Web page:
In 2006, after having been unemployed for approximately 12 years, claimant obtained a clerical position with the Department of Motor Vehicles. In the years that followed, she continued to experience chronic pain in her neck and back for which she received medical treatment. In June 2016, she had surgery on her cervical spine. She returned to work six months later and resumed her regular duties. Following her surgery, she continued to receive medical treatment for her back and neck, and also began to experience problems with balance. In October 2018, claimant, who by then was in her mid 60s, retired from her position.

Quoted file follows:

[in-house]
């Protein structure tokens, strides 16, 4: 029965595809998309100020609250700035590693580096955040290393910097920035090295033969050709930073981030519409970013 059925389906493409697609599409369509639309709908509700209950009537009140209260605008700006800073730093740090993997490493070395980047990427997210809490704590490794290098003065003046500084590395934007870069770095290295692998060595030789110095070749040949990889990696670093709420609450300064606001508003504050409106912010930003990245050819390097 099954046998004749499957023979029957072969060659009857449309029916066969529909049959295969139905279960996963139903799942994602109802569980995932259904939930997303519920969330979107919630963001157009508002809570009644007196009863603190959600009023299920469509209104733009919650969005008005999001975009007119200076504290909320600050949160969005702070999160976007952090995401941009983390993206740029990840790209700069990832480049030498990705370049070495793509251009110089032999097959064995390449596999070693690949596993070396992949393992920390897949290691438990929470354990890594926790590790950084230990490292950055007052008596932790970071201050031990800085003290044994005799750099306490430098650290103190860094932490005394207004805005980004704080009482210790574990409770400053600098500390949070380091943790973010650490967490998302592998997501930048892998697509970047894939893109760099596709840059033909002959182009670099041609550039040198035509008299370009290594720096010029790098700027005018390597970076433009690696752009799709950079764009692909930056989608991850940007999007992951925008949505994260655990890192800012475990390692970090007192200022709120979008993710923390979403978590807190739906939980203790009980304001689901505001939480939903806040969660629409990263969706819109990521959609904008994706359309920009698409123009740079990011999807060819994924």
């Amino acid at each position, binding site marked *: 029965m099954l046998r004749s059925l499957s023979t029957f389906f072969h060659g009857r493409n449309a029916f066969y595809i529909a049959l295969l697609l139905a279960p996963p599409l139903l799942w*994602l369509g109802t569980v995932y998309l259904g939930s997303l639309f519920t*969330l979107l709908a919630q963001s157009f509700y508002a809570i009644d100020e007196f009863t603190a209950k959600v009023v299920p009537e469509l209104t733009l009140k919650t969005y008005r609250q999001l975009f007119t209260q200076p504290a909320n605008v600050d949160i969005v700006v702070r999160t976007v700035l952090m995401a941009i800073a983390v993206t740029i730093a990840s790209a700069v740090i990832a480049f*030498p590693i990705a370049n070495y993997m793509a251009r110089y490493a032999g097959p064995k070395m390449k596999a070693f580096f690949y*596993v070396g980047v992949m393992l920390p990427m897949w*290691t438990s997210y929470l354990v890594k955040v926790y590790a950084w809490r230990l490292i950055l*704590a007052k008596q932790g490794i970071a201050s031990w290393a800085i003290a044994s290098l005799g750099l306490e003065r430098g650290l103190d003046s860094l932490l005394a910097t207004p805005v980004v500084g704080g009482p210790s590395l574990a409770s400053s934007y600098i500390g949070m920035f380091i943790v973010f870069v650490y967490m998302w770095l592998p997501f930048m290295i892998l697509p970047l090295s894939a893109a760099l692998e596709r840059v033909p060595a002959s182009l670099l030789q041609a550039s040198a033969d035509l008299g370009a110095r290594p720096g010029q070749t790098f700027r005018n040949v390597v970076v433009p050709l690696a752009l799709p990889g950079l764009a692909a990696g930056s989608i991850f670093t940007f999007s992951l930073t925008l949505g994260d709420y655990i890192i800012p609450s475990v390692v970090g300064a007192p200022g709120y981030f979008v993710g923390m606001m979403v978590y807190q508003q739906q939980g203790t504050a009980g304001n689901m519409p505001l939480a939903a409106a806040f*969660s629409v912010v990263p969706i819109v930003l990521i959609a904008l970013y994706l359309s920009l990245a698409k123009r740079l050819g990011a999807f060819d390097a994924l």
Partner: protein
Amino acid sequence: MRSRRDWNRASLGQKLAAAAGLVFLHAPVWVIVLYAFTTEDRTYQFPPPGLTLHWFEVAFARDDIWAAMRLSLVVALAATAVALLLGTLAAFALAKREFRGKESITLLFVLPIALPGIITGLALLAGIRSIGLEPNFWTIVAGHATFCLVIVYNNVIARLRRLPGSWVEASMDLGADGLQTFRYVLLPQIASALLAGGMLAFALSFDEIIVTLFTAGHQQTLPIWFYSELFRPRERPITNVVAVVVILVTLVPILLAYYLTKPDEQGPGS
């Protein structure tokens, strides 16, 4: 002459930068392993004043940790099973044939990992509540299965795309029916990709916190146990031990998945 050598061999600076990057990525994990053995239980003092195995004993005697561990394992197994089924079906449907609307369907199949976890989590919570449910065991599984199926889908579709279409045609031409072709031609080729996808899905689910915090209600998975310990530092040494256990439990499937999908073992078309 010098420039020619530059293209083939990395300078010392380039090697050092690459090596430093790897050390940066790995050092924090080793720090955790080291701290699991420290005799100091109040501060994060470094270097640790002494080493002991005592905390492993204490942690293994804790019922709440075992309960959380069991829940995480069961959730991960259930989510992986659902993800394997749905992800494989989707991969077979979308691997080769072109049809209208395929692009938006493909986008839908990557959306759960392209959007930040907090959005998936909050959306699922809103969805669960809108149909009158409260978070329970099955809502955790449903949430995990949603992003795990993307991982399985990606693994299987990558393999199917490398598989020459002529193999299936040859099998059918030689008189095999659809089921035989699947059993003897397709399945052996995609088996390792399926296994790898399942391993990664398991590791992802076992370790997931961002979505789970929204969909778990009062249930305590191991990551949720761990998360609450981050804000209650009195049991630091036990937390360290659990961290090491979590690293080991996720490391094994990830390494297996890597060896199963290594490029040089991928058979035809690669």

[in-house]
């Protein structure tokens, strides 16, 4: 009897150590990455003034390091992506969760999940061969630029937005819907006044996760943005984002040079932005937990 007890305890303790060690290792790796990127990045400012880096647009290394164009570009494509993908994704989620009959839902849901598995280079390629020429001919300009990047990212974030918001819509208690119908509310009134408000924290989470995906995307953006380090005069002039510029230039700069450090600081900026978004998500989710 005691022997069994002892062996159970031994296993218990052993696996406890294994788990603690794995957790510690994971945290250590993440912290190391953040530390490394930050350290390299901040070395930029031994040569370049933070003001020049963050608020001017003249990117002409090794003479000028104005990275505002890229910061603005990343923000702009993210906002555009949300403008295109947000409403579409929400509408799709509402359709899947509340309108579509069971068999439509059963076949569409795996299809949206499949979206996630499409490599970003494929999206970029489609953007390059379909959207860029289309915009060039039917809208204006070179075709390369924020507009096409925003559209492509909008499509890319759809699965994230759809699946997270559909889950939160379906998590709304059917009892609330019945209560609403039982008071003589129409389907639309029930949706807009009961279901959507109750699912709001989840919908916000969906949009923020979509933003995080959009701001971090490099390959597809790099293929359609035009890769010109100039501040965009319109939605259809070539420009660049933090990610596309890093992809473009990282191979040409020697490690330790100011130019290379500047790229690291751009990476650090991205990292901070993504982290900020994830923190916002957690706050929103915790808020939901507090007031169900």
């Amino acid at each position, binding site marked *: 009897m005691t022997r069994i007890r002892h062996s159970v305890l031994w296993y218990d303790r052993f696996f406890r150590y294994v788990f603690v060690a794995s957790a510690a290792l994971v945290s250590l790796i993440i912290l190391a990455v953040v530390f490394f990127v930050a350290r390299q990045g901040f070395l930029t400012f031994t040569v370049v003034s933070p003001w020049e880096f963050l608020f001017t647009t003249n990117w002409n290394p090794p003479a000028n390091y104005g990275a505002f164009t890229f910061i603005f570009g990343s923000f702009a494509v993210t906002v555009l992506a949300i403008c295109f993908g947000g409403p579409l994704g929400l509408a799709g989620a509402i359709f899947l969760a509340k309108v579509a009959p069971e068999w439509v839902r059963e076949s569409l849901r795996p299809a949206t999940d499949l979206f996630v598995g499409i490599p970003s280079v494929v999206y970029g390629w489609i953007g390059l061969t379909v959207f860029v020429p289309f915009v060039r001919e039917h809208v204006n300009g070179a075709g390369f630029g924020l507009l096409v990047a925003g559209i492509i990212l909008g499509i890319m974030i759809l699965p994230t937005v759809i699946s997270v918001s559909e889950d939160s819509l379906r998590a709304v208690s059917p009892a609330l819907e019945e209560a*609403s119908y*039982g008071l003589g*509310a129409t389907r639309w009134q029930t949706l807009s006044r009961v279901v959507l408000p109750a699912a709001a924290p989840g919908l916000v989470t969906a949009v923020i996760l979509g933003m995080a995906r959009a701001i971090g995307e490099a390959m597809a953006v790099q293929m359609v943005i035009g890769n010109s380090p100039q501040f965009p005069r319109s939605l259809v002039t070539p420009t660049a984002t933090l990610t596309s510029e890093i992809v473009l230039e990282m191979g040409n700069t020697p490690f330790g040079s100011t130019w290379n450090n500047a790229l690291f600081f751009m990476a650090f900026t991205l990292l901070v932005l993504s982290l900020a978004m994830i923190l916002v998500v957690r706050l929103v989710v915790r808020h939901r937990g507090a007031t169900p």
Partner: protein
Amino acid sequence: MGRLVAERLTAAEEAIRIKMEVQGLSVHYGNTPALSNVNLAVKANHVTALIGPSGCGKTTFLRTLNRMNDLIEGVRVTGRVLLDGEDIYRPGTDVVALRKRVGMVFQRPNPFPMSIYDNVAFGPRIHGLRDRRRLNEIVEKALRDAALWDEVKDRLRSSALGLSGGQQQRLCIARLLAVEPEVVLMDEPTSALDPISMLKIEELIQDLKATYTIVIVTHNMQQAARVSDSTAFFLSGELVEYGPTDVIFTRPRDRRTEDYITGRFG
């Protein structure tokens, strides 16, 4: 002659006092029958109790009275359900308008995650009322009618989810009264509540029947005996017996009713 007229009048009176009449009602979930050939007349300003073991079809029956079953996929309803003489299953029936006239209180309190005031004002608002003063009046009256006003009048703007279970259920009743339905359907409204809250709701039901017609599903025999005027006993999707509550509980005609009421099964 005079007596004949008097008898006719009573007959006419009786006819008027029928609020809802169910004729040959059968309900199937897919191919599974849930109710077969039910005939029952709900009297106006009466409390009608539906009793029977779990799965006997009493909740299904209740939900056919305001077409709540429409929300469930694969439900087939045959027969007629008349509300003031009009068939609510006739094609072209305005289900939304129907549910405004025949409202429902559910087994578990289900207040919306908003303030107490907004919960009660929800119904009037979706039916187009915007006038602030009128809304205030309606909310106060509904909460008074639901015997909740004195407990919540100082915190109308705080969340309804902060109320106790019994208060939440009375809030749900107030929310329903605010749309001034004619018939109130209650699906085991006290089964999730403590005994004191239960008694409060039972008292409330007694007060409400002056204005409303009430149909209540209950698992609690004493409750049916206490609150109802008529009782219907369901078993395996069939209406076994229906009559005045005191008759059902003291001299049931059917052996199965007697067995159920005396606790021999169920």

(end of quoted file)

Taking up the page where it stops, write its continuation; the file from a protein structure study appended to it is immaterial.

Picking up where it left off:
Thereafter, further proceedings were conducted in claimant’s workers’ compensation case during which the State Insurance Fund raised the issue of claimant’s voluntary withdrawal from the labor market based on her retirement. Following a hearing, the Workers’ Compensation Law Judge found that claimant’s retirement was not voluntary but was due, at least in part, to her work-related injuries and directed that a reduced earnings award be continued after the date of claimant’s retirement. The State Insurance Fund sought review of this decision by the Workers’ Compensation Board. In reversing the Workers’ Compensation Law Judge’s decision, a panel of the Board concluded that claimant failed to demonstrate that her work-related injuries caused or contributed to her retirement and, consequently, she was not entitled to an award of reduced earnings subsequent to her retirement date. Claimant’s application for reconsideration and/or full Board review of this decision was subsequently denied by the Board. Claimant appeals from both decisions.[FN3]